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Venerabile Arciconfraternita della Misericordia di Firenze (abbreviated Ven. Arc. Misericordia di Florence) is a lay confraternity founded in Florence in the 13th century by St. Peter Martyr with the aim of assisting the needy through evangelical charity. It is today the oldest Brotherhood for the care of the sick and, in general, the oldest private voluntary institution in the world still active since its foundation, dated in 1244 according to the records kept in its archive.

Its lay members, called brothers, still continue to provide part of the infirm transport service in the city, and until April 2006 still wore the traditional black dress (dating back to the seventeenth century), today reduced to use in representation ceremonies due to national regulations inspired by road safety.

The Venerabile Arciconfraternita della Misericordia of Florence was a member of the Compagnia delle Misericordie, a confederation founded by Misericordia di Firenze, Rifredi and Bivigliano. In 2014 she returned to the National Confederation of Misericordie d'Italia, leaving the Compagnia delle Misericordie.

History

The origin

The origin of the Compagnia della Misericordia in Florence, 1857, by Eleuterio Pagliano (Museo Poldi Pezzoli, Milan)

The Confraternity, known to the Florentines simply as La Misericordia, has dedicated itself since the beginning of its history to the transport of the sick to the hospitals of the city, to the collection of alms for poor girls to marry, to the burial of the dead, and to other works of charity.

Around 1244, Peter Martyr founded a group focused on housing the indigent. Based near Orsanmichele, they also cared for pilgrims and travellers at their Ospedale di Santa Maria alle Fonti, nicknamed "del Bigallo", at Fonteviva, and became known as the Compagnia di Santa Maria del Bigallo or simply del Bigallo.

Groups of porters who delivered goods for Florentine merchants began answering calls to transport the sick and injured in wicker stretchers for free, between jobs.[1] They formed the Compagnia della Misericordia. The Confraternity quickly distinguished itself by its constant activity in the transportation of the sick and the burial of the dead, especially during the frequent pestilences. In a short time it grew in numbers and popularity, as well as inevitably wealth, as they began to receive donations and bequests.[2]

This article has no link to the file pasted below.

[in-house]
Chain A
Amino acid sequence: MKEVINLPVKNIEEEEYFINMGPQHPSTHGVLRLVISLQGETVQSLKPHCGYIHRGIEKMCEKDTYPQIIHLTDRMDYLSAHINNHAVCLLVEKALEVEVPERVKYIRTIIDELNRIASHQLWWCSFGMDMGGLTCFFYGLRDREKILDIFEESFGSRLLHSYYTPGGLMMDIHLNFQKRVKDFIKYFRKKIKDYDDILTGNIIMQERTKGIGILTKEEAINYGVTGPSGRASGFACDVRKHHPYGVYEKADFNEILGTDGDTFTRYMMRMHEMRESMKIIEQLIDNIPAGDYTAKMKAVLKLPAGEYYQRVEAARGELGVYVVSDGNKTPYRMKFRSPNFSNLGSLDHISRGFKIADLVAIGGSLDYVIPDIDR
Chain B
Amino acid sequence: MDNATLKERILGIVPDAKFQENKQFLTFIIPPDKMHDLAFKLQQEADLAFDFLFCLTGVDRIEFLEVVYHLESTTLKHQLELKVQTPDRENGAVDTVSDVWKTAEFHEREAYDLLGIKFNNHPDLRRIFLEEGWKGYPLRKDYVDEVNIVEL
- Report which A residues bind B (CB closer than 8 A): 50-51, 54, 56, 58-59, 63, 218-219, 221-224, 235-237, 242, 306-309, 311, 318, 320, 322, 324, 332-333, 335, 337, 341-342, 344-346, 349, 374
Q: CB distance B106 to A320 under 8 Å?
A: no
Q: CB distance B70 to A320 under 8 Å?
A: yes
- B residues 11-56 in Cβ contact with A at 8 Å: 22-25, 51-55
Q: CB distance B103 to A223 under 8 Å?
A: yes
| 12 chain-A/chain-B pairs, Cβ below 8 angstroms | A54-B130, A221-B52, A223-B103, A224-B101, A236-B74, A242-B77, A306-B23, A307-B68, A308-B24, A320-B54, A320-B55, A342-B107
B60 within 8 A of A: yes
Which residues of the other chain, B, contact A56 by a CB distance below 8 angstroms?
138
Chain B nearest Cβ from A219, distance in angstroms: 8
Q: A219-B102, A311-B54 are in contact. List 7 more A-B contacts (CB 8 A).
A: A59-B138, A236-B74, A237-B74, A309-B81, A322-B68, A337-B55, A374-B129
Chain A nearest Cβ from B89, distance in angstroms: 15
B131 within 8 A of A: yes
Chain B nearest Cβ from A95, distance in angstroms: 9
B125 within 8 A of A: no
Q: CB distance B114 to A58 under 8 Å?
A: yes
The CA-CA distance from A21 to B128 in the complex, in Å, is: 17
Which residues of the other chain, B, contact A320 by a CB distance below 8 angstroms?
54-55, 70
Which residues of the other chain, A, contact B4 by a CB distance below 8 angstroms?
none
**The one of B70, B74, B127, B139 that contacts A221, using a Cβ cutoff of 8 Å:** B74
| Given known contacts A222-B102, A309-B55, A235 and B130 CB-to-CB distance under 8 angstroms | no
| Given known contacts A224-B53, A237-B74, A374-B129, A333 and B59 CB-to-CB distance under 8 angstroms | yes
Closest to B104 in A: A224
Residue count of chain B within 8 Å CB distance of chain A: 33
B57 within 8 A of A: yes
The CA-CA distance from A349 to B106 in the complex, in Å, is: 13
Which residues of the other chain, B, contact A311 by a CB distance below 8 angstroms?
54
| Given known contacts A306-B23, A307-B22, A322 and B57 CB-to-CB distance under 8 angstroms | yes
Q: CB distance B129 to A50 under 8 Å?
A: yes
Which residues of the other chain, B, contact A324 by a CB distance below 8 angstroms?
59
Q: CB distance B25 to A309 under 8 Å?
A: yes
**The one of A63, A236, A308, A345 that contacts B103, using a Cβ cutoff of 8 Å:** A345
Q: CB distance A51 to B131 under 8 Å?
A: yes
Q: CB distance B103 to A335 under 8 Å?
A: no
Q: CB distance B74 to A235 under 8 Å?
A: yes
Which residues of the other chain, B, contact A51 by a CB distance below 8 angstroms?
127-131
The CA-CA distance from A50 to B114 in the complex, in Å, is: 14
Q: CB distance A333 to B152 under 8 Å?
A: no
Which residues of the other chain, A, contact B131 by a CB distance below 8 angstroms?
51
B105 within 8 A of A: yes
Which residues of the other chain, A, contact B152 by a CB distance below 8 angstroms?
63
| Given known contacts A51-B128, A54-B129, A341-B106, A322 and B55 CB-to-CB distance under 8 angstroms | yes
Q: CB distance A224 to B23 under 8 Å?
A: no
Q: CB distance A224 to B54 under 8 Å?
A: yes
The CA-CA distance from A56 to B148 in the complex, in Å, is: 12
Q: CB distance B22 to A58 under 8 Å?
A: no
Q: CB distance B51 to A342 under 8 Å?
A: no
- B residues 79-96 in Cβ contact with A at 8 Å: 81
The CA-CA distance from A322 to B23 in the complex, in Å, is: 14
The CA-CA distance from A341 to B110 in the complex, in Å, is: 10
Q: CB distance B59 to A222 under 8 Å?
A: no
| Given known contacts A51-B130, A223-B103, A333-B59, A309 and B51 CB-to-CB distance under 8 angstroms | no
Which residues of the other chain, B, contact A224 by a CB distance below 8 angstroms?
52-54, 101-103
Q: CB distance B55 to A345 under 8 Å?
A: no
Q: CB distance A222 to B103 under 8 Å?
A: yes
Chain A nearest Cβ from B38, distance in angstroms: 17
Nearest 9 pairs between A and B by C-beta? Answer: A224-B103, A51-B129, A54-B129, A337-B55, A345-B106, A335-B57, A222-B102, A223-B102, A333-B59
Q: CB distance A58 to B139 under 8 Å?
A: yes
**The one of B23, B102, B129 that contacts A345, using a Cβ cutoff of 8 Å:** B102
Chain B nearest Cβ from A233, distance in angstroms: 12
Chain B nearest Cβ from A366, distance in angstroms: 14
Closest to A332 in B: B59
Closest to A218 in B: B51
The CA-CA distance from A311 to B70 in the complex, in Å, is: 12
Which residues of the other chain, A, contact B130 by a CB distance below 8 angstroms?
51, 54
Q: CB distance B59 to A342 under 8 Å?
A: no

Loggia del bigallo

In the fourteenth century the Confraternity was recognized by the commune as a real public institution in a provision of March 31, 1329 which gave the Brothers the right to elect their leaders (capitan). Around 1352, the Compagnia della Misericordia commissioned the construction of the Loggia del Bigallo. The open loggia served to shelter lost children and unwanted infants who were abandoned to the care of the brotherhood. In 1425, the two groups merged.[3] The building now houses a museum related to the two companies.[4]

During the plague in 1498, the Misericordia took over management of the hospitals on the outskirts of the city.

Grand Duke Peter Leopold, who was a member, protected it during the suppression of the religious associations in 1784.[2]

During World War II, after buildings at both ends of the Ponte Vecchio were destroyed however, the Misericordia rushed ambulances to the bombsites.[1]

Present day

The Misericordia continues to offer a network of free services for needy people: transport to hospitals, home healthcare, lending health equipment, and many others.

References

  1. ^ a b Zack, Allison. "Good Samaritans in Florence: Public Service in the Tradition of the Catholic Faith", Berkley Center for Religion, Peace & World Affairs, Georgetown University, November 20, 2014
  2. ^ a b "Venerable Arch-confraternity of the Florentine Misericordia", Museo Galileo
  3. ^ Bigallo: The Oratory and Residence of the Compagnia Del Bigallo E Della Misericordia in Florence, Howard Saalman, New York University Press (2010), page 3-7.
  4. ^ Affolter, Barbara Maria; Rossi, Laura (2016). Dentro la Misericordia. Spazi e arredi della Confraternita da un inventario del 1369. Scandicci: Tipografia Eurostampa.